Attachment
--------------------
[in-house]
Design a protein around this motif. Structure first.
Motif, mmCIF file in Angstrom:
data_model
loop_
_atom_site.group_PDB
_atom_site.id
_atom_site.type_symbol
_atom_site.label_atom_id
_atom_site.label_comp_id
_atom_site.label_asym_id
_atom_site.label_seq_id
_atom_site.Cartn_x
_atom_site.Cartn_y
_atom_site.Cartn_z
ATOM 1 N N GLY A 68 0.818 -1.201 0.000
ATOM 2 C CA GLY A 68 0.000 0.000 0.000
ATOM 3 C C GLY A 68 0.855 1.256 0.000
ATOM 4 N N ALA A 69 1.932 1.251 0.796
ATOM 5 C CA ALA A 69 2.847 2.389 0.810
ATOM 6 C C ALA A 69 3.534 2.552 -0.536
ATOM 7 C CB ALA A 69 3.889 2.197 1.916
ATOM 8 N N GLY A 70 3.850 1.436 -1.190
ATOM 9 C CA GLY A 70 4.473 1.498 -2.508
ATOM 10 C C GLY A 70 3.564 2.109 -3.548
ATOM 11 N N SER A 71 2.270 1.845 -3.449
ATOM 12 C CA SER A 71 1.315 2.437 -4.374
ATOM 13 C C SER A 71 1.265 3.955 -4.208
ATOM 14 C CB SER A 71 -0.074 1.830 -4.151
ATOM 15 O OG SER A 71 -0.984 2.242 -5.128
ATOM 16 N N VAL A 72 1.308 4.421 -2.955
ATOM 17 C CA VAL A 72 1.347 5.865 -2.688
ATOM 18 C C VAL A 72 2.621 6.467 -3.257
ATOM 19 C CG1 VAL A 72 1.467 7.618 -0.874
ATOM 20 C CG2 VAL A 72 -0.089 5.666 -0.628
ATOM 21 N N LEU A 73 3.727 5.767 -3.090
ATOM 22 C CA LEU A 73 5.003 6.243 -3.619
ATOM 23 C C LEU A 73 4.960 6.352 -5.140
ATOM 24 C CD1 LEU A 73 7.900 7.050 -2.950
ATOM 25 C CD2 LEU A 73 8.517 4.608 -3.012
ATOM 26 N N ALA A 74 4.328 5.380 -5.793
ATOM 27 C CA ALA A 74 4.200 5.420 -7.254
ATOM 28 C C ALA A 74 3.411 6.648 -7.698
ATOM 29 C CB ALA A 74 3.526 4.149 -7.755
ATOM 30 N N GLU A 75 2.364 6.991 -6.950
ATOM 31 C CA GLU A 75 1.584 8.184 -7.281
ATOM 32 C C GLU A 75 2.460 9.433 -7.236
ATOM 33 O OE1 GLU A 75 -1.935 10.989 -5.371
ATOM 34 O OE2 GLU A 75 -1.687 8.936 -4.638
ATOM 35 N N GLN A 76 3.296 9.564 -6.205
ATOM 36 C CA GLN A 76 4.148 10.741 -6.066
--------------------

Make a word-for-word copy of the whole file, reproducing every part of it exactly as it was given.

[in-house]
Design a protein around this motif. Structure first.
Motif, mmCIF file in Angstrom:
data_model
loop_
_atom_site.group_PDB
_atom_site.id
_atom_site.type_symbol
_atom_site.label_atom_id
_atom_site.label_comp_id
_atom_site.label_asym_id
_atom_site.label_seq_id
_atom_site.Cartn_x
_atom_site.Cartn_y
_atom_site.Cartn_z
ATOM 1 N N GLY A 68 0.818 -1.201 0.000
ATOM 2 C CA GLY A 68 0.000 0.000 0.000
ATOM 3 C C GLY A 68 0.855 1.256 0.000
ATOM 4 N N ALA A 69 1.932 1.251 0.796
ATOM 5 C CA ALA A 69 2.847 2.389 0.810
ATOM 6 C C ALA A 69 3.534 2.552 -0.536
ATOM 7 C CB ALA A 69 3.889 2.197 1.916
ATOM 8 N N GLY A 70 3.850 1.436 -1.190
ATOM 9 C CA GLY A 70 4.473 1.498 -2.508
ATOM 10 C C GLY A 70 3.564 2.109 -3.548
ATOM 11 N N SER A 71 2.270 1.845 -3.449
ATOM 12 C CA SER A 71 1.315 2.437 -4.374
ATOM 13 C C SER A 71 1.265 3.955 -4.208
ATOM 14 C CB SER A 71 -0.074 1.830 -4.151
ATOM 15 O OG SER A 71 -0.984 2.242 -5.128
ATOM 16 N N VAL A 72 1.308 4.421 -2.955
ATOM 17 C CA VAL A 72 1.347 5.865 -2.688
ATOM 18 C C VAL A 72 2.621 6.467 -3.257
ATOM 19 C CG1 VAL A 72 1.467 7.618 -0.874
ATOM 20 C CG2 VAL A 72 -0.089 5.666 -0.628
ATOM 21 N N LEU A 73 3.727 5.767 -3.090
ATOM 22 C CA LEU A 73 5.003 6.243 -3.619
ATOM 23 C C LEU A 73 4.960 6.352 -5.140
ATOM 24 C CD1 LEU A 73 7.900 7.050 -2.950
ATOM 25 C CD2 LEU A 73 8.517 4.608 -3.012
ATOM 26 N N ALA A 74 4.328 5.380 -5.793
ATOM 27 C CA ALA A 74 4.200 5.420 -7.254
ATOM 28 C C ALA A 74 3.411 6.648 -7.698
ATOM 29 C CB ALA A 74 3.526 4.149 -7.755
ATOM 30 N N GLU A 75 2.364 6.991 -6.950
ATOM 31 C CA GLU A 75 1.584 8.184 -7.281
ATOM 32 C C GLU A 75 2.460 9.433 -7.236
ATOM 33 O OE1 GLU A 75 -1.935 10.989 -5.371
ATOM 34 O OE2 GLU A 75 -1.687 8.936 -4.638
ATOM 35 N N GLN A 76 3.296 9.564 -6.205
ATOM 36 C CA GLN A 76 4.148 10.741 -6.066